Mastiff dogs were the first candidates for the job, but they were too large, slow, and not naturally aggressive enough. The English bulldog was next in line, but it was too ferocious at that time and not large enough to fulfill the requirements for the breed. The owners of estates wanted dogs that were silent when thieves arrived and would attack on command. They wanted the thieves held, but not killed. So mastiffs and bulldogs were crossbred, creating the Bullmastiff, which was able to fulfill their requirements.

Bullmastiffs are still used to protect landowners, but are more popular as pets or watchdogs. They do not bark unless they feel the need to sound an alarm or defend their territory.

MEET THE BULLMASTIFF

The Bullmastiff is devoted, alert, protective, and a terrific family dog. Loyal, loving, good-natured, and sweet, they can nonetheless be aggressive when they feel that they or their family are threatened. They are also serious and self-assured.

When they have been properly socialized and trained, they are calm and dependable. Setting boundaries is recommended while young; they must be provided consistent training and exposure to people and situations. Hulk is housed in my office and all of my staff plays and socializes with him.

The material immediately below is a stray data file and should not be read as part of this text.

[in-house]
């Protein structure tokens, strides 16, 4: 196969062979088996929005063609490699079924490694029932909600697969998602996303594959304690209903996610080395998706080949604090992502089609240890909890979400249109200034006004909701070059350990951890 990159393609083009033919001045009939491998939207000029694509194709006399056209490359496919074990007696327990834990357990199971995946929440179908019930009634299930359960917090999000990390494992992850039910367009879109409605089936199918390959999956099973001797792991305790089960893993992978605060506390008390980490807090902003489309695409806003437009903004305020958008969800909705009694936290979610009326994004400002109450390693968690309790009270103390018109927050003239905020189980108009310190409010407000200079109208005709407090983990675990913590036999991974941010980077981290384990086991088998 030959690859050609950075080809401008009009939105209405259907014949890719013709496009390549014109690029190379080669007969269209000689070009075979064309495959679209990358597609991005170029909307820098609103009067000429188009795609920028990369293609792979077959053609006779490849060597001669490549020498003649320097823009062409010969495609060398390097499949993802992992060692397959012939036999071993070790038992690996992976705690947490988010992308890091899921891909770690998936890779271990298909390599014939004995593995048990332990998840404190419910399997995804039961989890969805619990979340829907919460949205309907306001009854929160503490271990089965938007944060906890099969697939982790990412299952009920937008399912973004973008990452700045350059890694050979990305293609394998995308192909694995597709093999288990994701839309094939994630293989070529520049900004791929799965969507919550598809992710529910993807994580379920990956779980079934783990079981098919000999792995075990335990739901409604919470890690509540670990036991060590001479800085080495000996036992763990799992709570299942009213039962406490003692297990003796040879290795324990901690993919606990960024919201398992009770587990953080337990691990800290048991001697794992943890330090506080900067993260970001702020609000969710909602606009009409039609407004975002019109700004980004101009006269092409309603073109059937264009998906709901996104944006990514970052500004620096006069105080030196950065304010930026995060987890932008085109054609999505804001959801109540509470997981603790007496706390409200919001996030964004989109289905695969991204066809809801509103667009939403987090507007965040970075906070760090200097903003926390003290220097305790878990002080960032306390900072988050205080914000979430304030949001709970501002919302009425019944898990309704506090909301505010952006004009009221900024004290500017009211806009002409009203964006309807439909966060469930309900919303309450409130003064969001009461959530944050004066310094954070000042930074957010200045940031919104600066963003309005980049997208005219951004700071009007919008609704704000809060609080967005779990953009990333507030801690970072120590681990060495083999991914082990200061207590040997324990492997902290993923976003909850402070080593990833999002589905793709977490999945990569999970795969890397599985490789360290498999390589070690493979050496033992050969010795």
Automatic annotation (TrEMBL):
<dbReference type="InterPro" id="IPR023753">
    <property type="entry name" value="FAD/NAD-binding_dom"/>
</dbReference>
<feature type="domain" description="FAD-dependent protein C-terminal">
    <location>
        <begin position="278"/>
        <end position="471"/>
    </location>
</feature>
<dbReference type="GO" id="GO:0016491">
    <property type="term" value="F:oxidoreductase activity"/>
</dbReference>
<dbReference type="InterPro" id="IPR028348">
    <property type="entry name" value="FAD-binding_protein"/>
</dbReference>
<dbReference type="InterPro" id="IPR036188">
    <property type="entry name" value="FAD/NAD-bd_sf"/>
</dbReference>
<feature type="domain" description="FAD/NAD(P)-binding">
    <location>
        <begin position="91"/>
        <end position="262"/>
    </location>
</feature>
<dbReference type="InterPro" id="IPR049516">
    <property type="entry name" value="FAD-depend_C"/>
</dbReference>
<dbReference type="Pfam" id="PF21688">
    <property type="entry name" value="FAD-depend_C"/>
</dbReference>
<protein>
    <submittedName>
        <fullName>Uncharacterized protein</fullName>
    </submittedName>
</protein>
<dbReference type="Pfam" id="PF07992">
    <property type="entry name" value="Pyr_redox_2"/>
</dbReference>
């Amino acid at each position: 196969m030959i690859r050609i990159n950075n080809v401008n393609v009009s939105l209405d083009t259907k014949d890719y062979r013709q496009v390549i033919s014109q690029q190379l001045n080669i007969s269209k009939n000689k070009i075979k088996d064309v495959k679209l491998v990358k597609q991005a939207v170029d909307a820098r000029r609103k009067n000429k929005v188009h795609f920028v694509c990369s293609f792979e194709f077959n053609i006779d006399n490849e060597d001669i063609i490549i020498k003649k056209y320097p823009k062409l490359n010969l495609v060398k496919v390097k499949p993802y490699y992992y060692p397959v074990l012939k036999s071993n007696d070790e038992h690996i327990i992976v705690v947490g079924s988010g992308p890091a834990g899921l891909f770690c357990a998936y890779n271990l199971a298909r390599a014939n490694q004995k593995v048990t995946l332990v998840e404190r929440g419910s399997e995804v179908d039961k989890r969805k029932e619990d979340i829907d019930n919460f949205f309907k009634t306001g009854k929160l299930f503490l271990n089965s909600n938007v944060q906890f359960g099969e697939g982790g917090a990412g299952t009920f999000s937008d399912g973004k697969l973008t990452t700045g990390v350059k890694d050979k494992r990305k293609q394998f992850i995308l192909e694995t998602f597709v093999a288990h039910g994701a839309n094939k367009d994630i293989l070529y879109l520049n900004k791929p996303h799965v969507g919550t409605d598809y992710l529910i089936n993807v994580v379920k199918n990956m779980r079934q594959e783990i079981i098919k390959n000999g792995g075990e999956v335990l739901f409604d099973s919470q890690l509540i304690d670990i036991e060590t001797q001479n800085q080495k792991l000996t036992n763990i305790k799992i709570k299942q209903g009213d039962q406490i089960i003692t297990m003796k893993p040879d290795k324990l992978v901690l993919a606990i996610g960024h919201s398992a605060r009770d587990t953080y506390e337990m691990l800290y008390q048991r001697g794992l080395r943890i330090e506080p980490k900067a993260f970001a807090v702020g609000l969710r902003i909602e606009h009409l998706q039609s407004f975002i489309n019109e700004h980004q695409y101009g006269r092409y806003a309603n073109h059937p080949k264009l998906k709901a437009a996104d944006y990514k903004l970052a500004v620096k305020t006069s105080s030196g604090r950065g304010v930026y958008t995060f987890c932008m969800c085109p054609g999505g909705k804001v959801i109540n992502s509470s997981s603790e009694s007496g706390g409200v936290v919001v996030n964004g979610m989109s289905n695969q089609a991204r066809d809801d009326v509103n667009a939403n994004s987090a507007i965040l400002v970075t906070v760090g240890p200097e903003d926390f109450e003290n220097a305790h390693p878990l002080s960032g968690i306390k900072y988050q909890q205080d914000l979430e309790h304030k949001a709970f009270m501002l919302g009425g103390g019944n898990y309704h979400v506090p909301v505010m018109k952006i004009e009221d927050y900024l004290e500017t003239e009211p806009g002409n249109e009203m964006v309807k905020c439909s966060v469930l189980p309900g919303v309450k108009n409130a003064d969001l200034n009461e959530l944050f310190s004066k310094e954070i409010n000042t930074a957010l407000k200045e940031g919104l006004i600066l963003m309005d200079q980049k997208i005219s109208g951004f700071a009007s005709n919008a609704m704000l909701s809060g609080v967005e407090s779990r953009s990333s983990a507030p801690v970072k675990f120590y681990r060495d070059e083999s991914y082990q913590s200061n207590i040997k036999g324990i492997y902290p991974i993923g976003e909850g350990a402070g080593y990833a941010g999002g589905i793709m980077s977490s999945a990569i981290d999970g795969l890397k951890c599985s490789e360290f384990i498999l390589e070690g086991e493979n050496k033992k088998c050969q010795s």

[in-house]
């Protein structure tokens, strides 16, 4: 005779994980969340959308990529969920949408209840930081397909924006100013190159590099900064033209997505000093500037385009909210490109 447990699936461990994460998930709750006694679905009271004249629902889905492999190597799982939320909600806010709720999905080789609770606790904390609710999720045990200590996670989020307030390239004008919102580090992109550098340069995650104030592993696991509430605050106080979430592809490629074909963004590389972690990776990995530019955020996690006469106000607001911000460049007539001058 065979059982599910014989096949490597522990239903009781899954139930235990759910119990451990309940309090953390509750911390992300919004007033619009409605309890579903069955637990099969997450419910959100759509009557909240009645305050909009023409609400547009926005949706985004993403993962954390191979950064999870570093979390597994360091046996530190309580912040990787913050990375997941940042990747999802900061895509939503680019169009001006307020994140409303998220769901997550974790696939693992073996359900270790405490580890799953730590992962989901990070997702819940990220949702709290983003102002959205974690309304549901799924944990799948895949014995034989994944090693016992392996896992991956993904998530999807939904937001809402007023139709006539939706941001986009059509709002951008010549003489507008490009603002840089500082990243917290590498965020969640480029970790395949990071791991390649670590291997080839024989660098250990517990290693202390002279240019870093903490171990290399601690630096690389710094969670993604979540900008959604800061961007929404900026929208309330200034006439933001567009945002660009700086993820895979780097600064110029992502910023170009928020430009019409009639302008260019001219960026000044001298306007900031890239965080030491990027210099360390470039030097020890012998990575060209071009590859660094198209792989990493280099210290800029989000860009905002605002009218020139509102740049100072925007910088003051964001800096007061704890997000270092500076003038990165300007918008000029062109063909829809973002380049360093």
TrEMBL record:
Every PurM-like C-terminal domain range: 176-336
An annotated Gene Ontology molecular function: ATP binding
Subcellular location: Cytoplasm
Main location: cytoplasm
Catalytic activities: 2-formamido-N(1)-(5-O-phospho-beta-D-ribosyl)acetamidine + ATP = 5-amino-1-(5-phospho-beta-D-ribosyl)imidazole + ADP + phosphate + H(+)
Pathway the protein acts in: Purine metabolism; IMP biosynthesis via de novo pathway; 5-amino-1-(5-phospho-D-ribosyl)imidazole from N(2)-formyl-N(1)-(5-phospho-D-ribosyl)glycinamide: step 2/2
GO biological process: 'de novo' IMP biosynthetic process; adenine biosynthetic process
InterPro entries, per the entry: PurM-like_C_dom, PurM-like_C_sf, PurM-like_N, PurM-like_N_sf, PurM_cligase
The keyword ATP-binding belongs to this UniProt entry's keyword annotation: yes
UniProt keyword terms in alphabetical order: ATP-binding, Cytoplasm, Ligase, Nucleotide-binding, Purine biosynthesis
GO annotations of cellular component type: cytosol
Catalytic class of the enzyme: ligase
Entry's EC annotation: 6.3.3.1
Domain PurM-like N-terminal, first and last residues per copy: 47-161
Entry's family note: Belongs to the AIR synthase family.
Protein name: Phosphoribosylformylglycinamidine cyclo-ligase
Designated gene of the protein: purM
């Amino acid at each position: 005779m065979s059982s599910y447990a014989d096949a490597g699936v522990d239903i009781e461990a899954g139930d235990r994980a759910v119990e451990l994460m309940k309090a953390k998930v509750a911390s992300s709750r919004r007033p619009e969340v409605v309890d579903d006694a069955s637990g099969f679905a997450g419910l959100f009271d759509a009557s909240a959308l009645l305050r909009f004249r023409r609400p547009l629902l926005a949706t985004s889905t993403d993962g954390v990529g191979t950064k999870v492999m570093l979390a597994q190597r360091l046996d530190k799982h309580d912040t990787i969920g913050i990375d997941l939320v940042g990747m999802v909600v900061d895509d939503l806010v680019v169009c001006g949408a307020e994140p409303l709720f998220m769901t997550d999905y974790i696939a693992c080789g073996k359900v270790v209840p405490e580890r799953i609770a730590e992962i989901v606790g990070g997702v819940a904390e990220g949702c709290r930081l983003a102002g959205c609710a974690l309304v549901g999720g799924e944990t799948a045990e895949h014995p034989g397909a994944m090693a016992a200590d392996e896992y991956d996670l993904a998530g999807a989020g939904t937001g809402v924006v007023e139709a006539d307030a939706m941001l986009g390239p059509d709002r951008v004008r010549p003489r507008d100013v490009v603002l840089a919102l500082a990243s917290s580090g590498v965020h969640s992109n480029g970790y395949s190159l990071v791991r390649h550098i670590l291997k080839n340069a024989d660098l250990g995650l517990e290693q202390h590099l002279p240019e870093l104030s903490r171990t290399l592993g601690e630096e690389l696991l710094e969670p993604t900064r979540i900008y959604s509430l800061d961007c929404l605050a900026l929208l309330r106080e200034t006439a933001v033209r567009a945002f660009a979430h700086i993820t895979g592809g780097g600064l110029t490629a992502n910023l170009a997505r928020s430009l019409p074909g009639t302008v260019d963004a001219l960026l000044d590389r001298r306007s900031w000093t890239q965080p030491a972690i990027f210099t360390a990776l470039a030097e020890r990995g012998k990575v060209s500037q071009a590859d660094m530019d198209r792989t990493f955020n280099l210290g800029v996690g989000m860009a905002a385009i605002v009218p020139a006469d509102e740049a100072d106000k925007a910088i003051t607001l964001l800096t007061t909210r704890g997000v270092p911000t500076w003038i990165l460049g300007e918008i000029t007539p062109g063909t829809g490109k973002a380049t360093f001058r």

They are known to be aggressive toward dogs of the same sex, so it is not a good idea to let them walk or run outside off the leash. They are afraid of nothing, and once aroused, will seldom back off.

They want to be a part of the family and form very deep bonds with people. Avoid isolating them in the yard or the garage, leaving them alone, because it will make them unhappy. As a family member, they will be strong, mostly silent protectors for your home and children. Bullmastiffs usually love children, but given their size, they can unintentionally hurt a child. Be cautious and always supervise when a Bullmastiff is around kids.

Puppies two or three years old can be very active, and obedience training is beneficial at early age. As they reach adulthood, they grow calmer and need only moderate exercise to maintain their notable muscle tone.

Bullmastiffs drool: before and after eating, while drinking, during and after exercise, Drooling is a part of the Bullmastiff experience, although some drool more than others.